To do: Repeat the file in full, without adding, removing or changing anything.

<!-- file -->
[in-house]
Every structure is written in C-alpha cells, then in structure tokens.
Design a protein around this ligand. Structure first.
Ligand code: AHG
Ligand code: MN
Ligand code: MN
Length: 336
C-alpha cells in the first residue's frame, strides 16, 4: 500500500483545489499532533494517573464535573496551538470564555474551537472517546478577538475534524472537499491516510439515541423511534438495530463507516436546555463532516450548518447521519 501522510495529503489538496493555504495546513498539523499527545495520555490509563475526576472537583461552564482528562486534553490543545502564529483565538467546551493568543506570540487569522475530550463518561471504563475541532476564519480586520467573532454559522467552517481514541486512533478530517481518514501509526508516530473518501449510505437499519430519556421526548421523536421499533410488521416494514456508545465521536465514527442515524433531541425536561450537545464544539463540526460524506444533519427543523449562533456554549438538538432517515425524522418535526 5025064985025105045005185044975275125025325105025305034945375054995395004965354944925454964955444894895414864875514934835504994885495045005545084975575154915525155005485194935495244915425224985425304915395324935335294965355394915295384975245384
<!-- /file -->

[in-house]
Every structure is written in C-alpha cells, then in structure tokens.
Design a protein around this ligand. Structure first.
Ligand code: AHG
Ligand code: MN
Ligand code: MN
Length: 336
C-alpha cells in the first residue's frame, strides 16, 4: 500500500483545489499532533494517573464535573496551538470564555474551537472517546478577538475534524472537499491516510439515541423511534438495530463507516436546555463532516450548518447521519 501522510495529503489538496493555504495546513498539523499527545495520555490509563475526576472537583461552564482528562486534553490543545502564529483565538467546551493568543506570540487569522475530550463518561471504563475541532476564519480586520467573532454559522467552517481514541486512533478530517481518514501509526508516530473518501449510505437499519430519556421526548421523536421499533410488521416494514456508545465521536465514527442515524433531541425536561450537545464544539463540526460524506444533519427543523449562533456554549438538538432517515425524522418535526 5025064985025105045005185044975275125025325105025305034945375054995395004965354944925454964955444894895414864875514934835504994885495045005545084975575154915525155005485194935495244915425224985425304915395324935335294965355394915295384975245384